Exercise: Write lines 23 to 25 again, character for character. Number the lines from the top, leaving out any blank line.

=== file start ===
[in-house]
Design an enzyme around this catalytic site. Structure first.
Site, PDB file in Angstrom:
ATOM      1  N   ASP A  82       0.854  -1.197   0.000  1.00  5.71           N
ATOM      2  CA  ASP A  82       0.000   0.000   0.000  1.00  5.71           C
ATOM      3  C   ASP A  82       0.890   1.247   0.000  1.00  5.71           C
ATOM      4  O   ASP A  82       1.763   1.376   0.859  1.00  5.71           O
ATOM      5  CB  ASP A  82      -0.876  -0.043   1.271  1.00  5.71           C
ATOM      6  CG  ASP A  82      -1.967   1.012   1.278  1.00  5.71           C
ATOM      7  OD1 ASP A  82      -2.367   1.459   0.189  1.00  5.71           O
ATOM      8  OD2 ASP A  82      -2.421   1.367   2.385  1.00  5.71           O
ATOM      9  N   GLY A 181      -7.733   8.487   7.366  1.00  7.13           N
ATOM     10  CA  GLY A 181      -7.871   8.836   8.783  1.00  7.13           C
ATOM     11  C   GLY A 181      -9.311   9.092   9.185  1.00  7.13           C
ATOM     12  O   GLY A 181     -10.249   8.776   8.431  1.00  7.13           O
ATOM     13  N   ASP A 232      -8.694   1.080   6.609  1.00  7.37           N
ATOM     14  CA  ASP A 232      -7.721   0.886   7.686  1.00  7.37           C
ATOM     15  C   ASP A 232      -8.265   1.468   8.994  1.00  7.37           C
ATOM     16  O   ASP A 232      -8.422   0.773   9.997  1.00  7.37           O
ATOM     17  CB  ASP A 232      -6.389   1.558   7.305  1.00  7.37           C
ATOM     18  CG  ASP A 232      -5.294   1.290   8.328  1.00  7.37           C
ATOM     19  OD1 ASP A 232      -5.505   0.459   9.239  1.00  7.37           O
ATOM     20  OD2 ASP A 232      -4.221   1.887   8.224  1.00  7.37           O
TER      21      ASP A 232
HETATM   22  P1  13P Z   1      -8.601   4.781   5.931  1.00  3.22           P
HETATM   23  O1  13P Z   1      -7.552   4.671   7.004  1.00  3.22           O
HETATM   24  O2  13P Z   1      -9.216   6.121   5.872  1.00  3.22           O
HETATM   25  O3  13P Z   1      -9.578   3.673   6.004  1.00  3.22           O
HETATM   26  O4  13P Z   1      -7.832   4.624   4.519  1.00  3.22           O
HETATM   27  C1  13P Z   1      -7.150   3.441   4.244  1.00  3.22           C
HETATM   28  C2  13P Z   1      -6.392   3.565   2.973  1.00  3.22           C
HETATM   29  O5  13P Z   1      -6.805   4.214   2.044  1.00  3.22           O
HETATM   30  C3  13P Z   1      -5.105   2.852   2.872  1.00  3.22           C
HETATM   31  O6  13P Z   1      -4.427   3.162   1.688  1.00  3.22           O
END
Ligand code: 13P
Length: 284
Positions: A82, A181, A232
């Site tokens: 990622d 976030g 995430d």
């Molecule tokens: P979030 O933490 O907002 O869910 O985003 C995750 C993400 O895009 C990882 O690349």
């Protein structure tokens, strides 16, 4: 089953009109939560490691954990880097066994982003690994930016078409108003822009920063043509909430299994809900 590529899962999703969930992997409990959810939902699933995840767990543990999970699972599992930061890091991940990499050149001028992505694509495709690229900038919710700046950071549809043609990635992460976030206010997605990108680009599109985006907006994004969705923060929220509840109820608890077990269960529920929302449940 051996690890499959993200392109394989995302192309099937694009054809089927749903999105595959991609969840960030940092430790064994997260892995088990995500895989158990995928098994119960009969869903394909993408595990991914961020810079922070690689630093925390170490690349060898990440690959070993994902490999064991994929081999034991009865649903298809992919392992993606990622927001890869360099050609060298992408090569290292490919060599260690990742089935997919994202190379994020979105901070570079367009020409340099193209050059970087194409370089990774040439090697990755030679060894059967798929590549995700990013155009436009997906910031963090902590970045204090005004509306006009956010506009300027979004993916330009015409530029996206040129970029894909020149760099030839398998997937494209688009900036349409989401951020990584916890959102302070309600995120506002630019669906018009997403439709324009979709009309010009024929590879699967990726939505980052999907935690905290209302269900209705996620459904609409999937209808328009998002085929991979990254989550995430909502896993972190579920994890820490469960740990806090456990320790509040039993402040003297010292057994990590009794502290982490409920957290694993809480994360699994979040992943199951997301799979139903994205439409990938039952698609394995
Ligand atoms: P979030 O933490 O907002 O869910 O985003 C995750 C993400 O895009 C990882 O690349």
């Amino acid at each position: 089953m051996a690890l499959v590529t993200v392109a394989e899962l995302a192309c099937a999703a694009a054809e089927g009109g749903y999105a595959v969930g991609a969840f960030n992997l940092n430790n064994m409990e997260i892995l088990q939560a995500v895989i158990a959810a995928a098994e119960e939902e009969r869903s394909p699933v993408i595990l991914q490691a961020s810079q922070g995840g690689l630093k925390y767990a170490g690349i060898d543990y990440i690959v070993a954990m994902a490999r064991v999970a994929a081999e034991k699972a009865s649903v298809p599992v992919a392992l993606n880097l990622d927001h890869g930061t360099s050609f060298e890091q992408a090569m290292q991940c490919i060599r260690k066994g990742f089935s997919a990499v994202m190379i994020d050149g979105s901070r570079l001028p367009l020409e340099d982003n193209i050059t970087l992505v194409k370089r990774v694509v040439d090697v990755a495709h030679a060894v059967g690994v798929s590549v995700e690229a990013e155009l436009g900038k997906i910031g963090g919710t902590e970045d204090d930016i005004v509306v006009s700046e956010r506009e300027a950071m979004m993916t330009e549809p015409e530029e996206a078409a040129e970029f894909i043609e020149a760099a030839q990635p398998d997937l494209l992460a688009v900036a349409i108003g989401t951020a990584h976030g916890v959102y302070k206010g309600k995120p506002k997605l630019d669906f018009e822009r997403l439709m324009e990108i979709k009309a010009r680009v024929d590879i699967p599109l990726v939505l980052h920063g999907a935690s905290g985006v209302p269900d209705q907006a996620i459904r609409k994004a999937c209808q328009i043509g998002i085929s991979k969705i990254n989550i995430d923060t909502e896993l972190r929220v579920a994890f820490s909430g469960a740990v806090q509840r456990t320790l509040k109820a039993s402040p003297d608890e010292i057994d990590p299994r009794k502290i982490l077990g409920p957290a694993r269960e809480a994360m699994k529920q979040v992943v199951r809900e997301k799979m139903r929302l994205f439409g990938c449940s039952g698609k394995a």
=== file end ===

ATOM     20  OD2 ASP A 232      -4.221   1.887   8.224  1.00  7.37           O
TER      21      ASP A 232
HETATM   22  P1  13P Z   1      -8.601   4.781   5.931  1.00  3.22           P